Monday, December 31, 2012

2013 To Do List

I am not much for New Year's Resolutions. Not that I haven't ever made one before, but because I never, NEVER, see them through. It's the same for most people, I'm sure. Its like an empty promise to myself. Why go through all the agony and guilt? I'm just not doing it this year. Instead I'm gonna make a "To Do" list, because on all my to do lists, I usually accomplish a few things before changing and altering the list. This way, I figure I have a higher success rate.

Here it goes:

1. Memorize one new Bible verse a week.
2. Organize my Kitchen.
3. Start a stockpile of food/goods.
4. Declutter my house.
5. Paint and redecorate the dining room (a room I spend most of my time in)
6. Complete one writing project.
7. Organize photos and back them up.
8. Fire safety plan for my home.
9. Piano lessons with kids.
10. Join a book a the month club.
11. Try one new dinner recipe every week.
12. Sign up for a race to run. (4 miles or more)
13. Start reading program with the boys.
14. Take an art class.
15. Go paperless in my home office.
16. Redesign business websites.
17. Sew/craft one Biblical banner.
18. Take a Bible study class.
19. Make one family scrapbook.
20. Create crafting/project/sewing area.

Now, I know not all of these can be accomplished in one year. Since I still have to clothe, feed and attend to my children and husband, I'll be happy if I accomplish at least three in 2013. That would be a success in my book. Actually, I think that should be my motto for the new year: Small Success is the Best. I am not trying to lower my expectations, I am just trying to give myself a little grace in knowing that I am a busy mom and wife and anything I accomplish is a success, no matter how small. So goodbye 2012 and hello 2013 and hello to a more relaxed me, by God's grace!
"Strength and dignity are her clothing, And she smiles at the future." Proverbs 31:25

Tuesday, December 18, 2012

Do you Chrismukkah?

No, I'm not asking you about your banking preference. I'm referring to the fusing of two holidays: Christmas and Hanukkah.
It is basically when a family celebrates Hanukkah and Christmas. Although Chrismukkah is traditionally referenced by people who celebrate both holidays due to interfaith marriages, this actually becomes more of a reality to the Messianic. Why? Because we actually do believe that Yeshua (Jesus) is our Savior. Therefore, the question becomes: Do you CHRISTmukkah?
After all, the Christmas I am interested in is the one that is centered around Christ. I have never taught my children about Santa, in fact, they know he is not real. And we don't put up a Christmas tree.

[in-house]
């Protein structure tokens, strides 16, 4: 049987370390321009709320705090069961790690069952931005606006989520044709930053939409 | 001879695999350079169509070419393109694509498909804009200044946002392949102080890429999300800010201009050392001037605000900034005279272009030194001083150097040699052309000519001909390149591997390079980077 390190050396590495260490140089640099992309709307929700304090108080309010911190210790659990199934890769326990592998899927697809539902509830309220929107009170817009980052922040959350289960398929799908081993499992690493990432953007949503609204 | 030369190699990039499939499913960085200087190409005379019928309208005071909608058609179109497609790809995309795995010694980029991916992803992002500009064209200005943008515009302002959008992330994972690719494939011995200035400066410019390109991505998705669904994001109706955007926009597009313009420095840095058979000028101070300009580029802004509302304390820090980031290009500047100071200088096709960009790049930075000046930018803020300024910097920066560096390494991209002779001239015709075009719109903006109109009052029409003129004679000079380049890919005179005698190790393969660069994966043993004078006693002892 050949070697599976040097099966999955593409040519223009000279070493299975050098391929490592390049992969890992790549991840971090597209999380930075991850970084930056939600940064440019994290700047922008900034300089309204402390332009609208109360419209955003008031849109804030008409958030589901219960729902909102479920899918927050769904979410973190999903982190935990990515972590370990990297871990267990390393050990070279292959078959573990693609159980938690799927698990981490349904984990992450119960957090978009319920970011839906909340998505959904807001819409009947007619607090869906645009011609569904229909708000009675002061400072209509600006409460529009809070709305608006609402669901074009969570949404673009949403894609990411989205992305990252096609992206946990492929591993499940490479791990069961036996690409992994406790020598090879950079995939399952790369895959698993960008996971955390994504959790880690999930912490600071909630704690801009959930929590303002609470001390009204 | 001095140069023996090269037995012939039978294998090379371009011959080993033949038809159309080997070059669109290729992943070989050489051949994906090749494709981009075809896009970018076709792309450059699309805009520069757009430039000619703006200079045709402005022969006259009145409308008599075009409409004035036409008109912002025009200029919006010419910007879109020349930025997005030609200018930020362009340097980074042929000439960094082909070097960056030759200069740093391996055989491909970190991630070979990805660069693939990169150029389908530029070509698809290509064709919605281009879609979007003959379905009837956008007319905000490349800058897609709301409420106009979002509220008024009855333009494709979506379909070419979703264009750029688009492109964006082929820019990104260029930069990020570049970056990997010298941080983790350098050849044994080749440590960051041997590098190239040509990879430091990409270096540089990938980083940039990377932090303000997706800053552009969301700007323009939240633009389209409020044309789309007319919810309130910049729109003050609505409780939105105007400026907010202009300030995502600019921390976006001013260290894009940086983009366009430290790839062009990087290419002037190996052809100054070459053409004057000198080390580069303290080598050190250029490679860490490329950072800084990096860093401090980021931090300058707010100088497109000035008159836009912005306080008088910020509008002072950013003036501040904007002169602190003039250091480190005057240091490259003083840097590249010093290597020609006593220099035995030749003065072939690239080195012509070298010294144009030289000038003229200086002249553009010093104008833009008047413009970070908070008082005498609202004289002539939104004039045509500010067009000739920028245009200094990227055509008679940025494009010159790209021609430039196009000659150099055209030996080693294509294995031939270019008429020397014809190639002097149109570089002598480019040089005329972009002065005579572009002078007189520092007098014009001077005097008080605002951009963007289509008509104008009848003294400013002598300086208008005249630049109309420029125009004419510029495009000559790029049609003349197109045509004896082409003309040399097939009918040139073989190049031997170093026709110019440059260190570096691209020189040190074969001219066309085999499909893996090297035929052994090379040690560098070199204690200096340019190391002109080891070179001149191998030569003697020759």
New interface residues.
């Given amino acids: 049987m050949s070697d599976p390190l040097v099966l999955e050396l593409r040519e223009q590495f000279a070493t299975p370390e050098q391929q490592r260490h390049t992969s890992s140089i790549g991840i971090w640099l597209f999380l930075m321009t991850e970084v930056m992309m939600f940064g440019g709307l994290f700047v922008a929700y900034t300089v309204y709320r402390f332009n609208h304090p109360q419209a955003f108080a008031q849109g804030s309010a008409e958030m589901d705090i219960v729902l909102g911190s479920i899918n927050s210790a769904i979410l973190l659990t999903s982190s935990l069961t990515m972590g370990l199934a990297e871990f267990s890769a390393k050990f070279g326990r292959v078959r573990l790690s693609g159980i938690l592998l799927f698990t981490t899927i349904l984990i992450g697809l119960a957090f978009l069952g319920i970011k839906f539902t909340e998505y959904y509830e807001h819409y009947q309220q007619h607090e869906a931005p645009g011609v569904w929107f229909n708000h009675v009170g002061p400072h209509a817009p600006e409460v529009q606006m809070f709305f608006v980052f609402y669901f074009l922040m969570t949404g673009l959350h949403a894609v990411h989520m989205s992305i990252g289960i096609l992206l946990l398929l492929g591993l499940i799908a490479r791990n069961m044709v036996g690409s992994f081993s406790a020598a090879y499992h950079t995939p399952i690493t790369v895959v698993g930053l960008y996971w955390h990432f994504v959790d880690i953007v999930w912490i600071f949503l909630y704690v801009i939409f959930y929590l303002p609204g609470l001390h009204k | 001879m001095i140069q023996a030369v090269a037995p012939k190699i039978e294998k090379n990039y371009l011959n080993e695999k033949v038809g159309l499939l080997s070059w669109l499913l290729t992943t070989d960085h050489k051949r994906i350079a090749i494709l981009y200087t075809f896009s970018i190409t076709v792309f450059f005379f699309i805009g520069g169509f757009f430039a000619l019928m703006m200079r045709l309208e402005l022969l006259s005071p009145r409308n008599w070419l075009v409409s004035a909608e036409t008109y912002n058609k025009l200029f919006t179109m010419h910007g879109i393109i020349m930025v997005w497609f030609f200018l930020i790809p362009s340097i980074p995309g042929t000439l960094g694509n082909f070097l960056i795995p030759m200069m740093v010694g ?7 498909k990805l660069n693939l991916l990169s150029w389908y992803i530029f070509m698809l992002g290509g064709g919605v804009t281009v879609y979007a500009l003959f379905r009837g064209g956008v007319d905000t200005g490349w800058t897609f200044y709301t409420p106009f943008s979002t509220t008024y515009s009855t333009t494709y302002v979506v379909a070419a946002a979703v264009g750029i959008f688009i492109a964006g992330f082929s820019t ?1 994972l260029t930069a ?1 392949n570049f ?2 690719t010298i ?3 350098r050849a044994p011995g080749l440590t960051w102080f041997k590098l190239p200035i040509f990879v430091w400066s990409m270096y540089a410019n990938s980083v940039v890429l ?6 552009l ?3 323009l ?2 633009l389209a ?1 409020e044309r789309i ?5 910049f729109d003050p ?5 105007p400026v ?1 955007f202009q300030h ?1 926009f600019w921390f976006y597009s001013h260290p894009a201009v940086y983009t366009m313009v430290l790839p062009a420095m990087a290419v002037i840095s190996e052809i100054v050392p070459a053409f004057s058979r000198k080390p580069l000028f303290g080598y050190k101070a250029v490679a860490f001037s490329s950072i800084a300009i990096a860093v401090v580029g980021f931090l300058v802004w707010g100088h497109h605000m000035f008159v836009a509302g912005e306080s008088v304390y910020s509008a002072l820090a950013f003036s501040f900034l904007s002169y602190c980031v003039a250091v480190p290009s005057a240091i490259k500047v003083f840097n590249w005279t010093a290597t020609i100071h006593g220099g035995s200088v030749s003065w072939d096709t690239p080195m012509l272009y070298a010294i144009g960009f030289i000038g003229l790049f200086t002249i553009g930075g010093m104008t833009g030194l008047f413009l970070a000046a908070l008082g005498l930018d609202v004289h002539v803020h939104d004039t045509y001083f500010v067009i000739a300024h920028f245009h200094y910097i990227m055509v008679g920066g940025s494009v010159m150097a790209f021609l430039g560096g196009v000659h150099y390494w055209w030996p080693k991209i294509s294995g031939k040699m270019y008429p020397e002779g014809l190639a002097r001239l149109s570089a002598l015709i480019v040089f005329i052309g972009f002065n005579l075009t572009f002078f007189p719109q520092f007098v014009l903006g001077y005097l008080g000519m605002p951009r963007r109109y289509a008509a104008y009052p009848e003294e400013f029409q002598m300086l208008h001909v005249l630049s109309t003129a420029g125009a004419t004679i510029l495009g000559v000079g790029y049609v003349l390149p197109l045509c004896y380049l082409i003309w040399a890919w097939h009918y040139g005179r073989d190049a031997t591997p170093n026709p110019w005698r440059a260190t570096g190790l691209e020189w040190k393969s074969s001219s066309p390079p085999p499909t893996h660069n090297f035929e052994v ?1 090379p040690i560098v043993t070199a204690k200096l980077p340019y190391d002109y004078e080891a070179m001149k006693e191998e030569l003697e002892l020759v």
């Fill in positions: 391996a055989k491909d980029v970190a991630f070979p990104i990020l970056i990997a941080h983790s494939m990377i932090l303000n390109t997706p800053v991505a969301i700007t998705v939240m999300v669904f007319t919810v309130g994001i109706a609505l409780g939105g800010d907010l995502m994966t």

This year, since Hanukkah was so much earlier than Christmas, I was in the middle of Hanukkah celebrations as various school and social Christmas activities were taking place. A few people have asked me this year, "Do you celebrate Hanukkah and Christmas?" And I replied, "No, just Hanukkah." Then I felt odd. Like I was turning my back on Christmas. Why? If we tell Jewish people that they can become believers and not turn their back on their Jewish roots, then why, as Messianics should we not partake in a holiday that unites us in celebrating the birth of our Messiah with other believers?
I acknowledge that most Messianics, having done the research, have come to the conclusion that Yeshua's birth most likely occurred during the Fall Feast of Sukkot, known as the Feast of Tabernacles, described in Leviticus 23, Numbers 29 and Deuteronomy 16. My family and I celebrate Messiah's birth during this Feast because the central theme of Sukkot is God dwelling with us. To me and my family, the connection is obvious.
However, I am a mother. My primary goal is to raise my children for the Lord, so that they may know the God of Abraham, Isaac and Jacob, and have a personal relationship with their Messiah, Yeshua. And they need to have a firm grasp of their identity as a Messianic believer. I want them to know that Christmas is about celebrating Messiah's birth, not about Santa Claus and not about a Christmas tree. I want them to know that while we may not know exactly when the Savior was born, it is never a bad thing to celebrate His birth.